Written by: Mahdi Dialden
The Simon Fraser Student Society (SFSS) held their Annual General Meeting (AGM) for its members — all SFU undergraduates — on Monday, October 26, 2020 via Zoom. The meeting included several by-law proposals and an official condemnation directed towards SFU for the recent tuition hikes.
One of the proposals entailed discussion by members voicing their concerns on the Council. The proposal was set to give the Council — which consists of departmental student union (DSU) representatives — a voice when working with the Board. This ongoing issue stemmed from problems with the 2018/19 SFSS Board and showed that the student government didn’t have the opportunity to adequately represent the students — specifically, marginalized groups.
During the discussion, one member expressed their support for the proposal saying, “There’s a difference between welcoming someone into a space and actually creating and designing that space with their needs in mind. Changing the actual system to allow these marginalized populations to have an equal seat at the decision-making table and have their voices heard on an equal level, represents the creation of a space. Representation is key and I really believe that the new organization of the SFSS governing body is the way to achieve it.”
Conversely, a council member for the Bachelors of Environment Student Union expressed that they are against the motion saying, “We don’t really get to hear the student group that we’re representing nearly as much as we’d like to, so therefore, representing and having more power on council doesn’t necessarily mean more student power.” They also added, “The council stipends are not high enough to encourage actual time commitment from us as counselors.” The proposal passed with 86% in favour and 14% against.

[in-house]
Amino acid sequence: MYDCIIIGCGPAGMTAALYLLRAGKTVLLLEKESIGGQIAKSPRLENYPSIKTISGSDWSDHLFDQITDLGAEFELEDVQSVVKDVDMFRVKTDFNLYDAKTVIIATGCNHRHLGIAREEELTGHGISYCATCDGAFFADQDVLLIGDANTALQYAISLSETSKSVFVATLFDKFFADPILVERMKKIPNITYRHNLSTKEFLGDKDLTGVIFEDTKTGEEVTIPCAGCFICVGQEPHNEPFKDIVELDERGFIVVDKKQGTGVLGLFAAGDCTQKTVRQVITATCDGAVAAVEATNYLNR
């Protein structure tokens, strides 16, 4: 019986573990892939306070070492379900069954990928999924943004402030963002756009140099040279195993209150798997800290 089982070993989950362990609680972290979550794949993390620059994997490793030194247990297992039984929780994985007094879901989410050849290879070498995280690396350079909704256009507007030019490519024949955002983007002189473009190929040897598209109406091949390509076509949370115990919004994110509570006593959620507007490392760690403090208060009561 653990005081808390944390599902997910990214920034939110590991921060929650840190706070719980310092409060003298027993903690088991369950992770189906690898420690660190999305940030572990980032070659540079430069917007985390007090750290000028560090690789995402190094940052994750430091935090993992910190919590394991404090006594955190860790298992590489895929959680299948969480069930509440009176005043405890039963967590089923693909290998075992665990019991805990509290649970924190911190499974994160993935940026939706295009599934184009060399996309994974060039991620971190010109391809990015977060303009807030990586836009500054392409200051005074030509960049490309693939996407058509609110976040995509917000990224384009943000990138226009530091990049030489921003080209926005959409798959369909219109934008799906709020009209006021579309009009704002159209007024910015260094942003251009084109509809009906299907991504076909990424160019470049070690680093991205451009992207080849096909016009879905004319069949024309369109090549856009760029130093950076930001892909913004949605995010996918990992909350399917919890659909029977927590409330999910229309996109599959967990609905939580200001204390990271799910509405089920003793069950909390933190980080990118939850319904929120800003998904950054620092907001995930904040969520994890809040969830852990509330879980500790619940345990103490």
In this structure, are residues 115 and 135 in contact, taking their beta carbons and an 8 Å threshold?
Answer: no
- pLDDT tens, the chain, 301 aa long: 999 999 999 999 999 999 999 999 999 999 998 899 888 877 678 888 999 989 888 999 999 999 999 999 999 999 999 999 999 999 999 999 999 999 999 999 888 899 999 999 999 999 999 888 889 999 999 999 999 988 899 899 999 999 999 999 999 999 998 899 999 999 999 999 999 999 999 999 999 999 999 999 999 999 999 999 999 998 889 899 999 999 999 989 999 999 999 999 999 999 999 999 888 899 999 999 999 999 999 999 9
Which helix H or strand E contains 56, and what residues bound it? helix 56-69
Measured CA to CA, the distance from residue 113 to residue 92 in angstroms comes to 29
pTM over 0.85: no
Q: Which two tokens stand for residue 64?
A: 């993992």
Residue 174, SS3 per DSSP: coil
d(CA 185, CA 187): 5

The tuition hikes condemnation was also a headline topic, where students expressed their outrage on the issue. VP University Relations Gabe Liosis responded to a student’s comment on SFU’s operation as a business by saying, “The university operates like a business and you’re 100% right. And what businesses try to do is [try] to make the most money [from] buying their services and are buying their goods. And that really is not how a university should run. Universities should not be a source for exploitation of students.” The vote would mean that the SFSS would be condemning and speaking on behalf of students, to answer why they would raise prices, specifically during a pandemic. The discussion was cut short, and a vote was motioned in which it passed with 98%.
By-law proposal two was directed towards clarifying the vagueness of the executive portfolios in the by-laws and instead of making it clear as to what each position entails. The new list of positions includes President, VP Internal and Organizational Development, VP Finance and Services, VP University and Academic Affairs, VP External and Community Affairs, VP Equity and Sustainability, and VP Events and Student Affairs.
The third by-law proposal sought to clarify the definitions of student groups, which include student unions and constituency groups. For example, there will now be one representative from each Affiliated Student Group, to be elected by their respective Affiliated Student Group in the Council. Constituency groups, which represent and serve their members who share an experience or condition of oppression and systemic discrimination, are now included in the by-laws and may be recognized officially by the board if they meet the requirements. This proposal was passed with 97% of members in favour.
SFSS President Osob Mohamed, who chaired the meeting, expressed her gratitude for the attendance and student response to the event. Mohamed said on Twitter, “600+ attendees at our first ever online AGM, new bylaws passed, and @SFU will need to answer to the students’ condemnation of tuition increases. Thank you to our membership for trusting me to chair such a legendary meeting. This is student power!” This is the largest turnout at an SFSS AGM since 2006.